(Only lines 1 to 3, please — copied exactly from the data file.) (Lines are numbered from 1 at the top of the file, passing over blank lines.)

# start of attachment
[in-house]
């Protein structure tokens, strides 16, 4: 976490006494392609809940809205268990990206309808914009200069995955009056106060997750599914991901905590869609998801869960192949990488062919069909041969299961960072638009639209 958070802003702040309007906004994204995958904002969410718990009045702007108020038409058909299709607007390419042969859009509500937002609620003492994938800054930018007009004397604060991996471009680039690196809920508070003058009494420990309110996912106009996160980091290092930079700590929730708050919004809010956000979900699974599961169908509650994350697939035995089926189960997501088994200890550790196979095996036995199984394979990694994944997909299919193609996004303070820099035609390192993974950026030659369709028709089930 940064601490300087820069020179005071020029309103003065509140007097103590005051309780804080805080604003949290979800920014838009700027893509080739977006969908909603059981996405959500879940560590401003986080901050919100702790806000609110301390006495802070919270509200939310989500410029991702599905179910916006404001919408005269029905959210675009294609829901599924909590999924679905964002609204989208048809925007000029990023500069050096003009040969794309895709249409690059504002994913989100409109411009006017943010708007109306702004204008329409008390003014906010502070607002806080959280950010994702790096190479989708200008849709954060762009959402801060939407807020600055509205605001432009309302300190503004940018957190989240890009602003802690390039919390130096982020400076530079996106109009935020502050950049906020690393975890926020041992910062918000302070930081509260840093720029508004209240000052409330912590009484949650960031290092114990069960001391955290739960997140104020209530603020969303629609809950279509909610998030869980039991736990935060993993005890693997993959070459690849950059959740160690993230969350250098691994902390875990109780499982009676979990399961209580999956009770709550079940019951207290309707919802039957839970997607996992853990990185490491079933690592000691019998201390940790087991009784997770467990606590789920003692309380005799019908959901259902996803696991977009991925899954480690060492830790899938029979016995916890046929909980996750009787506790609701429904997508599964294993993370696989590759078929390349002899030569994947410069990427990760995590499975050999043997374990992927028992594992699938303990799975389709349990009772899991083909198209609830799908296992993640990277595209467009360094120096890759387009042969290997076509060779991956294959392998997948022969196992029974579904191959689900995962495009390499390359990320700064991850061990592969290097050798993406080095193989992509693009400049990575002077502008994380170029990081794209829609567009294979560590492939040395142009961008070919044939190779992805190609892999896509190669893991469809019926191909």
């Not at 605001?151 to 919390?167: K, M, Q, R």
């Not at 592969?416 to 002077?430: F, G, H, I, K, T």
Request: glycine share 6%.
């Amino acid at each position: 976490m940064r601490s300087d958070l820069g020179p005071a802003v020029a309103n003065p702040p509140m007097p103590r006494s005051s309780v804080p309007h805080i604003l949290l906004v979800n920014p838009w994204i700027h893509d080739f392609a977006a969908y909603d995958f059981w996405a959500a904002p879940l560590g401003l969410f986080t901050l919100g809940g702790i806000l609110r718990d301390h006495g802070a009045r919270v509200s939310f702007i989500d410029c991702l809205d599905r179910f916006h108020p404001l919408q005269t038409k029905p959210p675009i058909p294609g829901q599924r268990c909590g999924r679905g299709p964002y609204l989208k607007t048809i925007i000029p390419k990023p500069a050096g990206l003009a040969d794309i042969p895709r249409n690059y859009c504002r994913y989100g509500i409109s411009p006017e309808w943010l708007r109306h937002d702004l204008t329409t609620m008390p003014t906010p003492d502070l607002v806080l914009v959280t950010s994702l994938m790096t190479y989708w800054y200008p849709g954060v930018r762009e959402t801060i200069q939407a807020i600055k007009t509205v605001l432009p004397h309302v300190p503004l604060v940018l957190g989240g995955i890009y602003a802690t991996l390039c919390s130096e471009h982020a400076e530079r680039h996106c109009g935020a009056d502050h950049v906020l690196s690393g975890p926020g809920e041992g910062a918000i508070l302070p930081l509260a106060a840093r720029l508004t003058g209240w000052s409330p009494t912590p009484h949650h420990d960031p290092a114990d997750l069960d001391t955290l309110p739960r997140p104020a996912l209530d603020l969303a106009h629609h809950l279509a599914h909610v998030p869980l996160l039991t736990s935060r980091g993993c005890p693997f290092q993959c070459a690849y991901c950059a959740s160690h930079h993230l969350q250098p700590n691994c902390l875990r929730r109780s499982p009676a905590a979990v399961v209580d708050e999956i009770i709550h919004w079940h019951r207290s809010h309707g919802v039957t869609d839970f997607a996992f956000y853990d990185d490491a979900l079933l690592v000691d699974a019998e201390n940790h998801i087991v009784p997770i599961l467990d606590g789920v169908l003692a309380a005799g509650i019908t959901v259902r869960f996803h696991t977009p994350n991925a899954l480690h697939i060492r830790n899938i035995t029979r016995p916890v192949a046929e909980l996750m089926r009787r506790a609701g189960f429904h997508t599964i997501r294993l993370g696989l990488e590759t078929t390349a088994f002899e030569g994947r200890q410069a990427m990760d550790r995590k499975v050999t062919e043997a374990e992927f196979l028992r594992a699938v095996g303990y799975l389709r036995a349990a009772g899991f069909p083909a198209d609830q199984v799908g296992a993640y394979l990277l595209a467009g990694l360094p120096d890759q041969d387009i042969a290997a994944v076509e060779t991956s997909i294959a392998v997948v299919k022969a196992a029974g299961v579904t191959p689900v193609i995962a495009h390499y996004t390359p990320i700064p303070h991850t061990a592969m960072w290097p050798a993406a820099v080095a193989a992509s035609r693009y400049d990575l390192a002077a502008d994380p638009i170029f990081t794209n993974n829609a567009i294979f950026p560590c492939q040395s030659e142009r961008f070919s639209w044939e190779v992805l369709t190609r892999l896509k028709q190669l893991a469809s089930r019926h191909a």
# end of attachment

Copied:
[in-house]
């Protein structure tokens, strides 16, 4: 976490006494392609809940809205268990990206309808914009200069995955009056106060997750599914991901905590869609998801869960192949990488062919069909041969299961960072638009639209 958070802003702040309007906004994204995958904002969410718990009045702007108020038409058909299709607007390419042969859009509500937002609620003492994938800054930018007009004397604060991996471009680039690196809920508070003058009494420990309110996912106009996160980091290092930079700590929730708050919004809010956000979900699974599961169908509650994350697939035995089926189960997501088994200890550790196979095996036995199984394979990694994944997909299919193609996004303070820099035609390192993974950026030659369709028709089930 940064601490300087820069020179005071020029309103003065509140007097103590005051309780804080805080604003949290979800920014838009700027893509080739977006969908909603059981996405959500879940560590401003986080901050919100702790806000609110301390006495802070919270509200939310989500410029991702599905179910916006404001919408005269029905959210675009294609829901599924909590999924679905964002609204989208048809925007000029990023500069050096003009040969794309895709249409690059504002994913989100409109411009006017943010708007109306702004204008329409008390003014906010502070607002806080959280950010994702790096190479989708200008849709954060762009959402801060939407807020600055509205605001432009309302300190503004940018957190989240890009602003802690390039919390130096982020400076530079996106109009935020502050950049906020690393975890926020041992910062918000302070930081509260840093720029508004209240000052409330912590009484949650960031290092114990069960001391955290739960997140104020209530603020969303629609809950279509909610998030869980039991736990935060993993005890693997993959070459690849950059959740160690993230969350250098691994902390875990109780499982009676979990399961209580999956009770709550079940019951207290309707919802039957839970997607996992853990990185490491079933690592000691019998201390940790087991009784997770467990606590789920003692309380005799019908959901259902996803696991977009991925899954480690060492830790899938029979016995916890046929909980996750009787506790609701429904997508599964294993993370696989590759078929390349002899030569994947410069990427990760995590499975050999043997374990992927028992594992699938303990799975389709349990009772899991083909198209609830799908296992993640990277595209467009360094120096890759387009042969290997076509060779991956294959392998997948022969196992029974579904191959689900995962495009390499390359990320700064991850061990592969290097050798993406080095193989992509693009400049990575002077502008994380170029990081794209829609567009294979560590492939040395142009961008070919044939190779992805190609892999896509190669893991469809019926191909």
């Not at 605001?151 to 919390?167: K, M, Q, R």